Julianne Hough, former Dancing With the Stars Pro and girlfriend to American Idol host, Ryan Seacrest, opened up to Cosmopolitan magazine about abuse she suffered, beginning as a 10 year old when her parents shipped her off to dance school in London.
What kind of parents deliver their kids, miles away, into the hands of strangers with very little supervision? This is a really sad story. Read more at Cosmopolitan.com
Hough is 24 now, and she’s been working on those goals since she was a girl in South Jordan, Utah. All four grandparents and both parents were dancers, so Hough, the youngest of five kids, grew up performing with her Mormon family. Her parents divorced when she was 10. At the time, her brother Derek was studying dance at London’s prestigious Italia Conti Academy of the Arts, and when a slot opened up, she joined him. She ended up winning a five-year scholarship, training relentlessly, and rarely seeing or talking to her family. She became a world-class dancer…but at a great cost.
“I was 10 years old looking like I was 28, being a very sensual dancer,” she says. A precociously seductive smile became her public mask—and she rarely took it off. “I was a tormented little kid who had to put on this sexy facade because that was my job and my life. But my heart was the same, and I was this innocent little girl. I wanted so much love.”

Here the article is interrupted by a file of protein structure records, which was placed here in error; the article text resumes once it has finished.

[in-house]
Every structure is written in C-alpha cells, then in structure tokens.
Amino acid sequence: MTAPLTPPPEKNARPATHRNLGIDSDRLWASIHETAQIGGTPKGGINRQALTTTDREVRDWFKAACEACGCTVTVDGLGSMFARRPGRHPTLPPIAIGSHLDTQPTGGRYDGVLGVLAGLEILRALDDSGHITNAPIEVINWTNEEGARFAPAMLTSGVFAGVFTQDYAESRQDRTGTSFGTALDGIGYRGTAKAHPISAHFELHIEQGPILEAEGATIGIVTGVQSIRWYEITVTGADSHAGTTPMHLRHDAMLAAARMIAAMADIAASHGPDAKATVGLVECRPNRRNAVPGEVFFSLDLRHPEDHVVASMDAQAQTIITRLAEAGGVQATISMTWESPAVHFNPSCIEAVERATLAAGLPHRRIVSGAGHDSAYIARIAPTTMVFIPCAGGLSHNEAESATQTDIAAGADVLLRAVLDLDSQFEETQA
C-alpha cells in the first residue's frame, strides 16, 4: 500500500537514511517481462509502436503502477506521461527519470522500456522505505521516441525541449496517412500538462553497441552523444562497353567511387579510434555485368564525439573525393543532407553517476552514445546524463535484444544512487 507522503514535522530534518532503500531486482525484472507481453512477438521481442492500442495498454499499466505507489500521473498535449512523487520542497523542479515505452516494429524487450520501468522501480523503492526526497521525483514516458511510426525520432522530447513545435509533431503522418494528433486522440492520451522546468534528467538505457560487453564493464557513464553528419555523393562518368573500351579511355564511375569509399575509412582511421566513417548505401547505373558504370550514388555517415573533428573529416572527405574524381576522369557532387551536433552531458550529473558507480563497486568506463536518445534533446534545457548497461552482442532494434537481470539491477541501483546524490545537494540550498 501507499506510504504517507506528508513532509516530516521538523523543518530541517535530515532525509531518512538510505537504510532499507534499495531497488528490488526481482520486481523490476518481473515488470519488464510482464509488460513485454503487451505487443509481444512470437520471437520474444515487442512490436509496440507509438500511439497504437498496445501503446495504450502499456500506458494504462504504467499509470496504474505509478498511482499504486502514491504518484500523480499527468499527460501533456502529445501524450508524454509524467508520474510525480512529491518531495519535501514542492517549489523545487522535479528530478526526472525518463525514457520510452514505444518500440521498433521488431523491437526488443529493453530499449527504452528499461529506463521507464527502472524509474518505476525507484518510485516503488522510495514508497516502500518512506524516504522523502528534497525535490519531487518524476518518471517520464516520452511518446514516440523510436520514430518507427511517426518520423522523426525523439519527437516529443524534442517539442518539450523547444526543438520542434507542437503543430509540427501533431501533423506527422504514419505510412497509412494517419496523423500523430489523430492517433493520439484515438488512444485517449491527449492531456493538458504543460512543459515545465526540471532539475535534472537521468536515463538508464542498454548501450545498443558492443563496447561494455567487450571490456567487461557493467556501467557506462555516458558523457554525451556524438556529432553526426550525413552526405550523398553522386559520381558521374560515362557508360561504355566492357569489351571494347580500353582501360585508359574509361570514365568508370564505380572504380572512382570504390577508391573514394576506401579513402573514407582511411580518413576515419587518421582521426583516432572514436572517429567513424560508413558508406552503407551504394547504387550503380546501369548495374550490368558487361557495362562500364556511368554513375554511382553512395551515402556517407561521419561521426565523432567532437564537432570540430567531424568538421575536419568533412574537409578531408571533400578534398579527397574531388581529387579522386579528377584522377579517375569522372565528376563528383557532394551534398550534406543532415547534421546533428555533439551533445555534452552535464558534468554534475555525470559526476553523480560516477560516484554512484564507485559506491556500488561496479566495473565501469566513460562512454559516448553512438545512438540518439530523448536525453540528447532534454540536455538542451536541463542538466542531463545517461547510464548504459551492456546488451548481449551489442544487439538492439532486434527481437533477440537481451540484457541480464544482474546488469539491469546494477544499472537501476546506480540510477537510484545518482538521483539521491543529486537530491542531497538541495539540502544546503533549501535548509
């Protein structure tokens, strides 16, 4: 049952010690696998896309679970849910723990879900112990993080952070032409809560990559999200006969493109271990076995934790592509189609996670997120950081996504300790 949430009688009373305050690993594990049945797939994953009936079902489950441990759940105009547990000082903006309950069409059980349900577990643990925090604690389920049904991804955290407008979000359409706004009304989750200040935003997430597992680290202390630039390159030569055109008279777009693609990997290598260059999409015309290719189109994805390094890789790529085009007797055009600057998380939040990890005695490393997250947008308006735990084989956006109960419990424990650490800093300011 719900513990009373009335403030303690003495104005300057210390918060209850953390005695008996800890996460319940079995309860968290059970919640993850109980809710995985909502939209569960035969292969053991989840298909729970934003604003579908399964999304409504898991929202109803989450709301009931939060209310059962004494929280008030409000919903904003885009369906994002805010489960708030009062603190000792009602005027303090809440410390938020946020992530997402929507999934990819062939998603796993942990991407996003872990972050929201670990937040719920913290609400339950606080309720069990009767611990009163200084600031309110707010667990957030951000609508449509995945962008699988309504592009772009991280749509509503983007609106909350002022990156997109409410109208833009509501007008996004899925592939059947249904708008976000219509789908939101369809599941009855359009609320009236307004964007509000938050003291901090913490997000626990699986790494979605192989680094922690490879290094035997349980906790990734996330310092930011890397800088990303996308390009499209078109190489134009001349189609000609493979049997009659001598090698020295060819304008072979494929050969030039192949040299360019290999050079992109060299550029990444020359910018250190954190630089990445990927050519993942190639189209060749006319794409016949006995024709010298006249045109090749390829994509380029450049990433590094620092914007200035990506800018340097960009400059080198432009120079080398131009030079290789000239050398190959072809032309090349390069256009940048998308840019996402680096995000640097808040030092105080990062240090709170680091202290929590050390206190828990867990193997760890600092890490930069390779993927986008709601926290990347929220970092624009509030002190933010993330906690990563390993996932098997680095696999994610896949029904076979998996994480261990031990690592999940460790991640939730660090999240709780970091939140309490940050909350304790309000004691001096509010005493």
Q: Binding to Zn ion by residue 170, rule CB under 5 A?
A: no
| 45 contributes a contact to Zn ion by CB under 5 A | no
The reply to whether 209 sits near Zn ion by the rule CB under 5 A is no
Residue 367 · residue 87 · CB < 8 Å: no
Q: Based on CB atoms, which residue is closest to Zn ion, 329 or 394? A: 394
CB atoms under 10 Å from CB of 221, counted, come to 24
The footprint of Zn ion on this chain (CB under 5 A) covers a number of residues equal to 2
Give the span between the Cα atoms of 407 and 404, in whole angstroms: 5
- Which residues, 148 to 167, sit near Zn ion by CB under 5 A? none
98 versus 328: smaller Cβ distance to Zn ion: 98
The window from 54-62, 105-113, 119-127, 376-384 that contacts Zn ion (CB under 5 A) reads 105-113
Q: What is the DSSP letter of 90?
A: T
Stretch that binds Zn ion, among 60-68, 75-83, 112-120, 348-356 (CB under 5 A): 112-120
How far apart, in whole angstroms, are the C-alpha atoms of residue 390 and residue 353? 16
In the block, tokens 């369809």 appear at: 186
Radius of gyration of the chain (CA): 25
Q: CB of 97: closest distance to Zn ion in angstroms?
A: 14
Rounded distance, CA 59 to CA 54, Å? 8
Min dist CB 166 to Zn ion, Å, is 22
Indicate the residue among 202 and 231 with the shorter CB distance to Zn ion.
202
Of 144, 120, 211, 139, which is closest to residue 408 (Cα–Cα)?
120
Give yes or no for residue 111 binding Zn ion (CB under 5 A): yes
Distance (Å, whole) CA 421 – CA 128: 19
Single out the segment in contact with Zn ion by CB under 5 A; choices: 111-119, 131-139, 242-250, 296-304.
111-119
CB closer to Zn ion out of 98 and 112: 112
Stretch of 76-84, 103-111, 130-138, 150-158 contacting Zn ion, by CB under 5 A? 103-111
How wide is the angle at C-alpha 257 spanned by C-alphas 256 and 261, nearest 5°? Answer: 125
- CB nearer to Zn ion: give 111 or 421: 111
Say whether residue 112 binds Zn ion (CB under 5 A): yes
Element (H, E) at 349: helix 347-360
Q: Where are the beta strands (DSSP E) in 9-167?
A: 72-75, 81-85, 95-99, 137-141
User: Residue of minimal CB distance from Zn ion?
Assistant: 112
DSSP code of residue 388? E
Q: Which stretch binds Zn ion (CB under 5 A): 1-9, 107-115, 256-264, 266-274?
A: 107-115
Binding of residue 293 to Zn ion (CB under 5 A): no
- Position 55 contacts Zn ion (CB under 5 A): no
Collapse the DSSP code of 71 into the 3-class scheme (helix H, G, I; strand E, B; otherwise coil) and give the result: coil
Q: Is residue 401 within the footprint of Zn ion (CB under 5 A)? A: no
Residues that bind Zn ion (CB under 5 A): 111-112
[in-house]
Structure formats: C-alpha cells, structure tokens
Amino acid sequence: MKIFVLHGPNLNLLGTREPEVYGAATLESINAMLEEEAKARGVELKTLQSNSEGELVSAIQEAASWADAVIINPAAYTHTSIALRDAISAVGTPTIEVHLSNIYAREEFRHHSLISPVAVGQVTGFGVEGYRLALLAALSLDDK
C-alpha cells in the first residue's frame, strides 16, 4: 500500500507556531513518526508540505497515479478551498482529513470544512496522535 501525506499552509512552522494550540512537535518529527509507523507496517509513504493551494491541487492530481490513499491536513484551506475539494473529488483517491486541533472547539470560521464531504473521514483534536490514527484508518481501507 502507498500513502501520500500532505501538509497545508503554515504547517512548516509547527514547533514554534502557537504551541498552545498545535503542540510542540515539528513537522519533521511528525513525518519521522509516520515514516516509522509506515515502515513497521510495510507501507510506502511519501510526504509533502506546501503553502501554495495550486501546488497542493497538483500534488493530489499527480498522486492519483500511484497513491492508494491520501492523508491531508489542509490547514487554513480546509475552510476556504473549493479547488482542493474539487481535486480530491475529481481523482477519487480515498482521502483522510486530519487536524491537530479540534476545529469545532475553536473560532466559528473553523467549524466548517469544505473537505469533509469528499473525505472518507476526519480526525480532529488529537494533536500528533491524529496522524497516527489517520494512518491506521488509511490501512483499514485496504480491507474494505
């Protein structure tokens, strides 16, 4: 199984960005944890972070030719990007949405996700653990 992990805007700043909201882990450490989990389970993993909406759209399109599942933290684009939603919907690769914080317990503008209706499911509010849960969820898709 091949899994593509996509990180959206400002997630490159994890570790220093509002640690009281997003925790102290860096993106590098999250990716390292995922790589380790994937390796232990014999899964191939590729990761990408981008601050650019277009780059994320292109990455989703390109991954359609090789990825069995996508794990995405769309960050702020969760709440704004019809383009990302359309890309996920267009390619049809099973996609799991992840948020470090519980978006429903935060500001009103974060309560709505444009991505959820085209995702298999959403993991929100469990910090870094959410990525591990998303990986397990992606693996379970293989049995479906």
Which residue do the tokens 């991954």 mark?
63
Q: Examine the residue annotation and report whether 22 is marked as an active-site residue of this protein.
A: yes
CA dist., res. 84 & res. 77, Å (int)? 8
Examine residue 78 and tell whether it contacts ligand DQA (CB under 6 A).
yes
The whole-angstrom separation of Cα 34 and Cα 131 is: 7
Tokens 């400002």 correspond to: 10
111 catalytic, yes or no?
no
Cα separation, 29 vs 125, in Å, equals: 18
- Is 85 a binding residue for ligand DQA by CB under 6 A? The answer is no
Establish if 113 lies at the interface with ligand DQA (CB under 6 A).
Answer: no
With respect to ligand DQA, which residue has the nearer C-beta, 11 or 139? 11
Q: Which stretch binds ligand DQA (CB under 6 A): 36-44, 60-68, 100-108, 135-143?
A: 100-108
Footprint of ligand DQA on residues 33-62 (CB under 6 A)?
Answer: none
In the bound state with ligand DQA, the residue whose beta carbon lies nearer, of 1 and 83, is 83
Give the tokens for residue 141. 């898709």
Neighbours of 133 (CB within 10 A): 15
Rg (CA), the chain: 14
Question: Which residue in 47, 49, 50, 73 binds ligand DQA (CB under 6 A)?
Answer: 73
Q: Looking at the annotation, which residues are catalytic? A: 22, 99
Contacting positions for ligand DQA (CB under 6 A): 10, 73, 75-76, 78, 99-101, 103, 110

With her parents an ocean away, Hough says the adults around her took advantage. “While I was in London, I was abused, mentally, physically, everything,” she says. In what way or by whom exactly, she declines to say: “I’m a very forgiving person, and I don’t want to hurt anybody. What’s past is past.” A ripple of tension tightens a face that is always so relaxed and bright, like a sheet being pulled tight. It got worse, she says, “when I started hitting puberty, when I started becoming a woman and stopped being a little girl.”
“You can kind of hear the quiver in my voice….” She pauses but only a beat. She’s going to nail this move, even if her ankle is broken and her feet blistered. “This is the farthest I’ve ever gotten into my London situation,” she says. “I was told if I ever went back to the United States, three things were going to happen. One: I was going to amount to nothing. Two: I was going to work at Whataburger. And three: I was going to end up a s***. So, it was like, I can’t go back. I have to be this person.”